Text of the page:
I was encouraged to participate so I will try. I hope this is the correct sub-forum. I bought a Smithy 3 in 1 last year and have no experience in a machine shop. I have been building old Chevy's and older Fords for some time now. I am self taught and have enjoyed learning everything from MIG/TIG Welding to Painting. I have relied on others for the very accurate and tight tolerance stuff. I have been modifying and refurbishing and making some parts mostly by hand up to this point. One attraction to the small machine is creating more professional looking parts.
As I moved into older Harley's a couple years ago, I have been "forced" into another level of DIY. The fit and finish levels on well done bikes is a bit of a different animal. I have also discovered that most bike enthusiasts prefer that no one works on their bikes but them. I have discovered for myself why that is. There seems to be a lot of sub par wannabe motorcycle mechanics out there and a lot of ill fitting aftermarket parts for restoration.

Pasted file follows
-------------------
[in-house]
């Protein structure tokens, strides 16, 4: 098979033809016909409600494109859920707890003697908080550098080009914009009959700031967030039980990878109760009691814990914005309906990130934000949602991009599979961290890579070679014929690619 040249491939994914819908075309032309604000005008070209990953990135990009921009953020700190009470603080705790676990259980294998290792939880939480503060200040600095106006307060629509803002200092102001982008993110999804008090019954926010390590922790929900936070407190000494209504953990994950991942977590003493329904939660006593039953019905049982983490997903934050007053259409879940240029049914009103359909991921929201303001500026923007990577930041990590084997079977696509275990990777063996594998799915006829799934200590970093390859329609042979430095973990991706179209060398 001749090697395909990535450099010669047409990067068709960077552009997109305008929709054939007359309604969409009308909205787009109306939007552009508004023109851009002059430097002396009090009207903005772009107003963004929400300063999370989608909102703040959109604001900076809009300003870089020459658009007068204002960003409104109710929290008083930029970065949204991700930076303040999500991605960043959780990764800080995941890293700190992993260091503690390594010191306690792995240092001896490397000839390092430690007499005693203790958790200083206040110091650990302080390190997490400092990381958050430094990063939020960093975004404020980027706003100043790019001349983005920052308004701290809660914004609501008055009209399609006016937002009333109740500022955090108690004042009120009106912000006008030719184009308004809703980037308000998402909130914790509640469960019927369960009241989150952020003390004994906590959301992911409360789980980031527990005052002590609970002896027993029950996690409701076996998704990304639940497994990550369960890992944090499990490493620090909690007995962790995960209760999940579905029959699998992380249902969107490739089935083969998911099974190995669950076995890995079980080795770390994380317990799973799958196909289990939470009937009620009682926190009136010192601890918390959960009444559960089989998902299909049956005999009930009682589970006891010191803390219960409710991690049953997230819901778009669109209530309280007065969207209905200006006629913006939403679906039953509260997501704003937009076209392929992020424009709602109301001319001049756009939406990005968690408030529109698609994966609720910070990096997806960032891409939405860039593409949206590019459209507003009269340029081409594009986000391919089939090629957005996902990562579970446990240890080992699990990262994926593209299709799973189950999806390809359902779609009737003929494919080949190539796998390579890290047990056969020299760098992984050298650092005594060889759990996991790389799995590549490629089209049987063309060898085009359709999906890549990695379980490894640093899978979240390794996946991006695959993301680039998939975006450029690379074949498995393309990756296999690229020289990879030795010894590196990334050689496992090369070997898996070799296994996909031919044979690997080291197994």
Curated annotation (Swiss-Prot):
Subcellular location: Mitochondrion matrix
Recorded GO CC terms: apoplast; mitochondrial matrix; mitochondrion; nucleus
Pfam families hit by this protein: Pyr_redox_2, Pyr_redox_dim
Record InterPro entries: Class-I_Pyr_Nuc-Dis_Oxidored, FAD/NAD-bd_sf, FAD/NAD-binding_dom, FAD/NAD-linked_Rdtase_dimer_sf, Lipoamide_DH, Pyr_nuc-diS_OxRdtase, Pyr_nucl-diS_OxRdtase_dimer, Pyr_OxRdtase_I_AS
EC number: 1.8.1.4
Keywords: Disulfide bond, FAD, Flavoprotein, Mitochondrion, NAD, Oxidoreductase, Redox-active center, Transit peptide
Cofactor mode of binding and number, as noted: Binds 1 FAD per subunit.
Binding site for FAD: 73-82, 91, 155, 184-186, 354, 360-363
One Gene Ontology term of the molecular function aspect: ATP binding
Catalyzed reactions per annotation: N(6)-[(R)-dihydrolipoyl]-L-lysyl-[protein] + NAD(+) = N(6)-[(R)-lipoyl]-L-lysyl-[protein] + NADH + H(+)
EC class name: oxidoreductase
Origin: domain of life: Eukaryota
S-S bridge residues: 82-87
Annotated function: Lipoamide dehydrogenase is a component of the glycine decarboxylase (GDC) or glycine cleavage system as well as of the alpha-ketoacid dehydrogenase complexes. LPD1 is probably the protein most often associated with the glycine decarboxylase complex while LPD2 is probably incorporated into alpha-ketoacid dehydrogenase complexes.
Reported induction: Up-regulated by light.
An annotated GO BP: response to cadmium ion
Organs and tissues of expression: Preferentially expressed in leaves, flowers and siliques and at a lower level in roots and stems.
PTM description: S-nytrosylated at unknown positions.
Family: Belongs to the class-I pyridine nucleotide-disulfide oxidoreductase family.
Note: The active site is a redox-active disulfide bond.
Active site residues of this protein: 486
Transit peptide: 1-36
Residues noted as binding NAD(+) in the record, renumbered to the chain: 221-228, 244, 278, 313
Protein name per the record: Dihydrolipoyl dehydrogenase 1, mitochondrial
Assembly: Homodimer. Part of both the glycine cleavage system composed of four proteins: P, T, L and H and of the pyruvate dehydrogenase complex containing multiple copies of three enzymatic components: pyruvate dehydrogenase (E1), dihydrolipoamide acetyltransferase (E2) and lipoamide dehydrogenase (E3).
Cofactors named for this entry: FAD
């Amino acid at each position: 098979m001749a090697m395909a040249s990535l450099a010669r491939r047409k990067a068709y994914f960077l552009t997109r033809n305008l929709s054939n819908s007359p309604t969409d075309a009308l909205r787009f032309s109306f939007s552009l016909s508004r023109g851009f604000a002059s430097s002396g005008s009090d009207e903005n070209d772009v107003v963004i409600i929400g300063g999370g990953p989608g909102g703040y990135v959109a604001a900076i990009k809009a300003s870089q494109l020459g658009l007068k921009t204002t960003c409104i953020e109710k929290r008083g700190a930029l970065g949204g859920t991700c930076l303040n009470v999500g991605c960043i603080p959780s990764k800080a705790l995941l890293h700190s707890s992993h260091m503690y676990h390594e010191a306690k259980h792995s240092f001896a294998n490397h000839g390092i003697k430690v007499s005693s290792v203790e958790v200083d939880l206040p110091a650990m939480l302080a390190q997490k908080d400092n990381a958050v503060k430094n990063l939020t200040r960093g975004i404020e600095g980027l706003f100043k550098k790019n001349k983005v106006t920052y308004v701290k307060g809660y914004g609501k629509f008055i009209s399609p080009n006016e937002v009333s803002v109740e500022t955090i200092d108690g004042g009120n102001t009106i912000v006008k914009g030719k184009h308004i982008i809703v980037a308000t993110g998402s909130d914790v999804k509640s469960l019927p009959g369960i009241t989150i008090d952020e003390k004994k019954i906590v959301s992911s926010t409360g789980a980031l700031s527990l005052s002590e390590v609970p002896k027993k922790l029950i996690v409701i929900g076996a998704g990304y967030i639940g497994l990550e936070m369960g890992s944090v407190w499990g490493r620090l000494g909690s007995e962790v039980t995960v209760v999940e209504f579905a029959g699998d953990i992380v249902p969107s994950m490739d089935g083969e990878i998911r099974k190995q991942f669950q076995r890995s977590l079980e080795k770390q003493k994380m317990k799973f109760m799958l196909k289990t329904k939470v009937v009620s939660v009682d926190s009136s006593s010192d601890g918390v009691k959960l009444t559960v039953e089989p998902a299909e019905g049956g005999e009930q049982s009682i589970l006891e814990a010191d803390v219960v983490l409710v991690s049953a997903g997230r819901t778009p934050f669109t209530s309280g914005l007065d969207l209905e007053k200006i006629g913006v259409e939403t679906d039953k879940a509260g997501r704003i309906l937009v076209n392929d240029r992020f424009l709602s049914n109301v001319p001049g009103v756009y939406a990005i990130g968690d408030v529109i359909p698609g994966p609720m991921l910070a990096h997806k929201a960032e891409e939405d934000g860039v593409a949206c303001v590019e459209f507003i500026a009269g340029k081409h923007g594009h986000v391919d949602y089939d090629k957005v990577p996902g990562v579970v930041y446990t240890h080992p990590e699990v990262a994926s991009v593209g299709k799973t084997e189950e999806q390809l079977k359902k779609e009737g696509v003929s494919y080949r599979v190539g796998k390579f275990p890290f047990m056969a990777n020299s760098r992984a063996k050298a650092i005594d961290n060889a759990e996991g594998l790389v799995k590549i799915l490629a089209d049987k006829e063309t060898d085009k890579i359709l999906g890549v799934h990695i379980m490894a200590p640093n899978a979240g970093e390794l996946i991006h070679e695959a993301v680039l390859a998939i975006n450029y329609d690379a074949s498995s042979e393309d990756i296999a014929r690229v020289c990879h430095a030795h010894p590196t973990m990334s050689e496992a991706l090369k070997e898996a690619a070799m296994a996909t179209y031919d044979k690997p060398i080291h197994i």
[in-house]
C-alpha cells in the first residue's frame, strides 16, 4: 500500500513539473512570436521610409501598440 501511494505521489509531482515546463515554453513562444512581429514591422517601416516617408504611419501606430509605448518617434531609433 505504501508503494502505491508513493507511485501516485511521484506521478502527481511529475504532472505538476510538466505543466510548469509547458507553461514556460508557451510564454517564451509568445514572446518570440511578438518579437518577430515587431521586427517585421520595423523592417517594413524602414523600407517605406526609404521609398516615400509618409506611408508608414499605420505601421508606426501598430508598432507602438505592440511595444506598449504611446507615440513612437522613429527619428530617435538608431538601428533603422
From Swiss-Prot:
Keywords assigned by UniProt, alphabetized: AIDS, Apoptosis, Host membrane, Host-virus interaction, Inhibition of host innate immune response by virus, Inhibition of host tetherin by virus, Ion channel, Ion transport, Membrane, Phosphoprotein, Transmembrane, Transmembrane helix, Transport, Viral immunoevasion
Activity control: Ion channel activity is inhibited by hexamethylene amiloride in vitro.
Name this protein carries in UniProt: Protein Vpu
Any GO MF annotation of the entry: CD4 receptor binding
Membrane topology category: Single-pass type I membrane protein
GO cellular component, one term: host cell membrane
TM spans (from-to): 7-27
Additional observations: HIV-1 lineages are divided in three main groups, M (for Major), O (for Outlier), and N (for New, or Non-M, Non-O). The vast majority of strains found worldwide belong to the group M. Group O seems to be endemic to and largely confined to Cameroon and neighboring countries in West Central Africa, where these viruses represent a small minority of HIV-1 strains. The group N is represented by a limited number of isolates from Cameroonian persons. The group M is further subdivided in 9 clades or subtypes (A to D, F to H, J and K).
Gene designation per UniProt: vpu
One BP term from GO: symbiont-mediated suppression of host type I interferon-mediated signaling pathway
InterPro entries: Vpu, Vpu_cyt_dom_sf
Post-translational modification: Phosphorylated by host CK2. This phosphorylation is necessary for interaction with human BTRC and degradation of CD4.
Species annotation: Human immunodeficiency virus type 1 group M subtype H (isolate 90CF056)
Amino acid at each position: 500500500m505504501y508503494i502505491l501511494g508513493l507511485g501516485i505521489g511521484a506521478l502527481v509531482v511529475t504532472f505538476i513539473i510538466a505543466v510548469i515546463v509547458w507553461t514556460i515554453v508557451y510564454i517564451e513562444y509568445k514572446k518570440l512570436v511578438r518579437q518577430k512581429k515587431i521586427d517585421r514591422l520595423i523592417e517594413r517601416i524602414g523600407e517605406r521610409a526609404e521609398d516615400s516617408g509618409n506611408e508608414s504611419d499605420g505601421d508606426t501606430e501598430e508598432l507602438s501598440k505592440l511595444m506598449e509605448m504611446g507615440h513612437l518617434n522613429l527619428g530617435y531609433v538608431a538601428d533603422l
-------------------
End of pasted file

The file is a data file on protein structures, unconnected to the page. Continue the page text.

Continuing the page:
So... this brings me to needing to expand my skills and self reliance.
One project that has me in fits is the kick start ratchet gears. These are notorious for slipping on the old Sportsters for various reasons. One sure fire solution is to back cut or undercut the teeth to remove the 90 degree tooth to tooth contact in favor of an angle cut that causes the teeth to grab each other.
How would you get the exact same cut on each tooth so that every tooth makes contact. Is this what an index is for? Are they accurate enough? The gear and plate are hardened of course to make things more difficult. Does this mean they should only be ground and not cut with a bit? I had a special dovetail bit made but it would jump around the edges and ultimately break a flute.
Is this a job for a CNC machine? Maybe the answer is to just have new gears manufactured to my spec but that's got to be a major investment.
I appreciate any input or opinion.
Stock 90 degree